So, what did Kamila test positive for? Trimetazidine, a banned heart medication that is purported to improve endurance, per Vox. However, the ROC assured that she had “repeatedly passed doping tests” while in China and that she had “honestly won” all her competitions.

Kamila trains with coach Eteri Tutberidze, who Vox notes is “the single most dominant coach in women’s figure skating.” Many of her skaters have taken home “Olympic golds and silvers, World Championships, European Championships, and international champions,” but none have competed in multiple Olympics. They’ve retired, many citing injury, in four-year windows. Vox also notes that there was “a pattern of abusive practices when it comes to diet restriction and over-training.”

3. Kamila Was Excited To Skate In Beijing.  

“Everyone dreams of Beijing,” she told Olympics Channel in 2021. “I’m a little bit afraid to talk about it in a [wider] sense! I try not to think about [Beijing 2022] because everything depends not on those people, who let’s say, ‘bet’ on me, but just on myself.”

4. Yulia Lipnitskaya Inspired Her To Become A Skater.

(Natacha Pisarenko/AP/Shutterstock)

“The first time I watched [was] the 2014 Olympics, I watched Yulia Lipnitskaya, and I liked her so much,” Kamila told the Olympics Channel in 2021. Yulia helped the Russian team win gold in the team figure skating event at the 2014 Sochi games. “When I was small, I kept saying all the time: ‘All I want is to be the Olympic champion, I want to be the Olympic champion.’ I was probably four years old back then,” said Kamila.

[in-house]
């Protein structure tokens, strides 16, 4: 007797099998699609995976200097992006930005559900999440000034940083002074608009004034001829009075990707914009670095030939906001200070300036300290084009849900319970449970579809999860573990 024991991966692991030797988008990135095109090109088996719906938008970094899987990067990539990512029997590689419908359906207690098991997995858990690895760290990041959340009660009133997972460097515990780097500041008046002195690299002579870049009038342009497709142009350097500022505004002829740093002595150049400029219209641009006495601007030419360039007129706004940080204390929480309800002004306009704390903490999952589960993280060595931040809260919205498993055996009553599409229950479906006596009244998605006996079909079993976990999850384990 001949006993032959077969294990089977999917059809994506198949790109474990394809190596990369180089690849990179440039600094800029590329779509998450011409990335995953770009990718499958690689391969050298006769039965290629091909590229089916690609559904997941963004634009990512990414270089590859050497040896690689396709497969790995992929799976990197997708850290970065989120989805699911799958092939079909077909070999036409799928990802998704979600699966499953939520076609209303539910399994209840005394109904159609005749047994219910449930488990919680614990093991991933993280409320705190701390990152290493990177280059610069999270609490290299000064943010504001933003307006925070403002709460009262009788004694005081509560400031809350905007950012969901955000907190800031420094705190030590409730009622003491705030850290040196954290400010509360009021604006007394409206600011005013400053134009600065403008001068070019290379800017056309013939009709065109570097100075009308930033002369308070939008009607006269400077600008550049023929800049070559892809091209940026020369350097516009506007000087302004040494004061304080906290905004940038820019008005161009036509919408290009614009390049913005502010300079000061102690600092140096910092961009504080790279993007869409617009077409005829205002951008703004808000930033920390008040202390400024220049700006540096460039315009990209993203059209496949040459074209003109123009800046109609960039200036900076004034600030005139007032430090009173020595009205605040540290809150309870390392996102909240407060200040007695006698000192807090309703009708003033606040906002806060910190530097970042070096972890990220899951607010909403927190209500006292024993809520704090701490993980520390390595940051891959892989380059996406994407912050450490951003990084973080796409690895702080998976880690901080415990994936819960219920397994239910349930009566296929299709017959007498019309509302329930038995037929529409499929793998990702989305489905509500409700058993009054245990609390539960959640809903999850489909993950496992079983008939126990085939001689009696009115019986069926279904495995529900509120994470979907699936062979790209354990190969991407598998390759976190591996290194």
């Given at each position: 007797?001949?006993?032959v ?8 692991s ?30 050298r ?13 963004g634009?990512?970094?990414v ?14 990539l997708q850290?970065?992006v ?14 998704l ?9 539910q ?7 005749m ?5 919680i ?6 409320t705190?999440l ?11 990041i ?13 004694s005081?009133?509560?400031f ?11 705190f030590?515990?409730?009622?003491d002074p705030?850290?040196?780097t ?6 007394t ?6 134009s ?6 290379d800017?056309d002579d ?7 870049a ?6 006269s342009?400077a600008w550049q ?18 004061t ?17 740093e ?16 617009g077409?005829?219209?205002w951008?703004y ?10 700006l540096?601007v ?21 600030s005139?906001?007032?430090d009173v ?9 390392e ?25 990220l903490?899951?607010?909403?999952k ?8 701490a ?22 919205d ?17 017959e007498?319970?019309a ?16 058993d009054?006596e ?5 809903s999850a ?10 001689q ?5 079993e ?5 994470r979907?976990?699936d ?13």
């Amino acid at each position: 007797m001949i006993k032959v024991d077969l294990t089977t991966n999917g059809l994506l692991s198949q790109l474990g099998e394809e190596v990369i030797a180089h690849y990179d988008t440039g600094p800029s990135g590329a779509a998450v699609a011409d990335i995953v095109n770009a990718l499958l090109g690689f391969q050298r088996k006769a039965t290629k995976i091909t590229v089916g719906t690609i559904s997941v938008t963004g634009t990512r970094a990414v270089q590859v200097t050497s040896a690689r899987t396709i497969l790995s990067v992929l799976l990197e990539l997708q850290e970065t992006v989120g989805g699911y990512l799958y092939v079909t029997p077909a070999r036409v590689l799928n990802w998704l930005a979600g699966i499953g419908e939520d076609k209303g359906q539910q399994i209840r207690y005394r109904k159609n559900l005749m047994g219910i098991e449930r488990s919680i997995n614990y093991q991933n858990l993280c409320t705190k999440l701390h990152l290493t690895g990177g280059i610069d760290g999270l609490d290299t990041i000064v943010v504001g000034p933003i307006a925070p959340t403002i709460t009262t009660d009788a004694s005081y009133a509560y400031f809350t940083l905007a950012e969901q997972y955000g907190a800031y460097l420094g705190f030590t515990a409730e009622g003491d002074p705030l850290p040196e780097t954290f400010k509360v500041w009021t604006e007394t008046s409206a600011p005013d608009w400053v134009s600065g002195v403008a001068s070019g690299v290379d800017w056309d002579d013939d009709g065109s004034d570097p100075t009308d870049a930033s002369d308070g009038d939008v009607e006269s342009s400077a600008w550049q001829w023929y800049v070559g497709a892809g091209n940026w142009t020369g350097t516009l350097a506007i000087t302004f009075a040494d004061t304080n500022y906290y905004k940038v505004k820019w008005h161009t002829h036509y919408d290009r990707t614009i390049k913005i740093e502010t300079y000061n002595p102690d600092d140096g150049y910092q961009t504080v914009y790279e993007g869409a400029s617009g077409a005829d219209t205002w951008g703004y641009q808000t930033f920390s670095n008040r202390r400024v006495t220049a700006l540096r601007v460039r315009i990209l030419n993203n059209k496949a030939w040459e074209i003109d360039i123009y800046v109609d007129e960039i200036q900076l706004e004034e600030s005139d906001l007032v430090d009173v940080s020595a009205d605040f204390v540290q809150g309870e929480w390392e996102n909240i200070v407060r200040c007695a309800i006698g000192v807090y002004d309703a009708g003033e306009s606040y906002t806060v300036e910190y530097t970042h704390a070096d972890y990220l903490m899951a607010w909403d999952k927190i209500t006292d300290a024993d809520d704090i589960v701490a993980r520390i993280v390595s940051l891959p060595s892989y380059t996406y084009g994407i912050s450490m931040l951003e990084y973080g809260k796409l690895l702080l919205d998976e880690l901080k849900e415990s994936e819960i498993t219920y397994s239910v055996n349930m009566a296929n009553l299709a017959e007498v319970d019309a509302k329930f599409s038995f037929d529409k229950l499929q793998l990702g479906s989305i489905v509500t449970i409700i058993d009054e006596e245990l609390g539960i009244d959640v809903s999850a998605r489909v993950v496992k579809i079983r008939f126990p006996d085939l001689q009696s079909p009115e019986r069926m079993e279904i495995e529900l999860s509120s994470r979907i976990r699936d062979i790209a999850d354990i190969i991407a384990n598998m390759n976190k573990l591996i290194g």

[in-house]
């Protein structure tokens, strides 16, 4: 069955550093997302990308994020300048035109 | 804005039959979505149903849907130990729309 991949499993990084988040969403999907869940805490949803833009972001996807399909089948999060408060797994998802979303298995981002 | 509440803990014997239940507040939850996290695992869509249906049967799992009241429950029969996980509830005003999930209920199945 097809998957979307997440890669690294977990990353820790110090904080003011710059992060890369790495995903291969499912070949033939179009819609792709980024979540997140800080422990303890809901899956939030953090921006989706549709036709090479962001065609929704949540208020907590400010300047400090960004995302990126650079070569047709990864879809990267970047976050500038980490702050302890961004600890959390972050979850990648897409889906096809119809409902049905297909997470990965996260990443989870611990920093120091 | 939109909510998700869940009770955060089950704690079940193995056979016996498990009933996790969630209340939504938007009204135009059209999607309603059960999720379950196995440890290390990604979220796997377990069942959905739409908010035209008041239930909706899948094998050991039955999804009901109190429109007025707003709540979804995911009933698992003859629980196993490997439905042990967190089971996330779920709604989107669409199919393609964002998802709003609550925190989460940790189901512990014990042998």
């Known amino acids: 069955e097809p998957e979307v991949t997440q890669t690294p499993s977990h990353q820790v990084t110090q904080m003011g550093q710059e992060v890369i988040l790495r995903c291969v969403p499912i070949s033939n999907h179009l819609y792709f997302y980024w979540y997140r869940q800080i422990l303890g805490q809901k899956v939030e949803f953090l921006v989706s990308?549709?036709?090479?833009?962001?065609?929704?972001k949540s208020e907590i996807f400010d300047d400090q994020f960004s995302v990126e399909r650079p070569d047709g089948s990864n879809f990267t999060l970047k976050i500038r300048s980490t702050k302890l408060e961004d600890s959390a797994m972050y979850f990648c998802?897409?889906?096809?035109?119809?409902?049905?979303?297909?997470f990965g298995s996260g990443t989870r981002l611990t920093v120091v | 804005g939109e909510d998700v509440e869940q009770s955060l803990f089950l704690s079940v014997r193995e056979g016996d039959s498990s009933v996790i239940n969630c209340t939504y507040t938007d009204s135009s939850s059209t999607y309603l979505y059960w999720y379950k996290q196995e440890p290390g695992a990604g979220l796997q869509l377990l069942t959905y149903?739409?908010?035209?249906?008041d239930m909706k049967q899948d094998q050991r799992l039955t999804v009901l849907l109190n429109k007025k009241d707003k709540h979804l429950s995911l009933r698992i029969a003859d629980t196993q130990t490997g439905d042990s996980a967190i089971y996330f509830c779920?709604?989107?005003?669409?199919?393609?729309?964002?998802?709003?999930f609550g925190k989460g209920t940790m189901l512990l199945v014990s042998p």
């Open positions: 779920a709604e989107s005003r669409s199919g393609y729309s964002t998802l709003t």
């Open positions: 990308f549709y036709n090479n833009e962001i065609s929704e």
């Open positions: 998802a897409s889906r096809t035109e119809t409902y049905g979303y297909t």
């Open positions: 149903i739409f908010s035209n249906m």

“I have rewatched Alina Zagitova’s free skate program [from PyeongChang 2018] many times,” added Kamila. “I do not know why but whenever I didn’t feel good, I watched it and… she skated it with so much drive. It seemed so easy, so I thought: ‘If it worked for Alina to skate so lightly, then it can work for me too.”

5. Her Scandal Has Caused A Backlash. 

The IOC has ruled that there will be no medal ceremony if Kamila finishes in the top 3 of the women’s single figure skating event. Nor will there be a medal ceremony for the team figure skating event. The Russians are, after all, competing under the Russian Olympic Committee banner because Russia was banned from the Olympics after WADA uncovered a widespread and state-sponsored doping network. Athletes from Russia can compete as part of the ROC, but the Russian anthem cannot be played if a ROC athlete wins gold.

Likely, there won’t be a medal ceremony for the women’s figure skating event because Kamila is that good.

The decision to allow Kamila to skate was blasted by Sha’Carri Richardson. The American track runner qualified for the Tokyo 2020 Olympics but tested positive for cannabis. She was given a one-month suspension by the US Anti-Doping Agency (USADA) on June 28, 2021 – meaning she wouldn’t be eligible to compete in the women’s 100-meter race. Sha’Carri, who has repeatedly said she smoked to console herself following the death of her mother, dragged the decision to allow Kamila to compete.

“Can we get a solid answer on the difference of her situation and mines?” she tweeted. “My mother died and I can’t run and was also favored to place top 3. The only difference I see is I’m a black young lady.”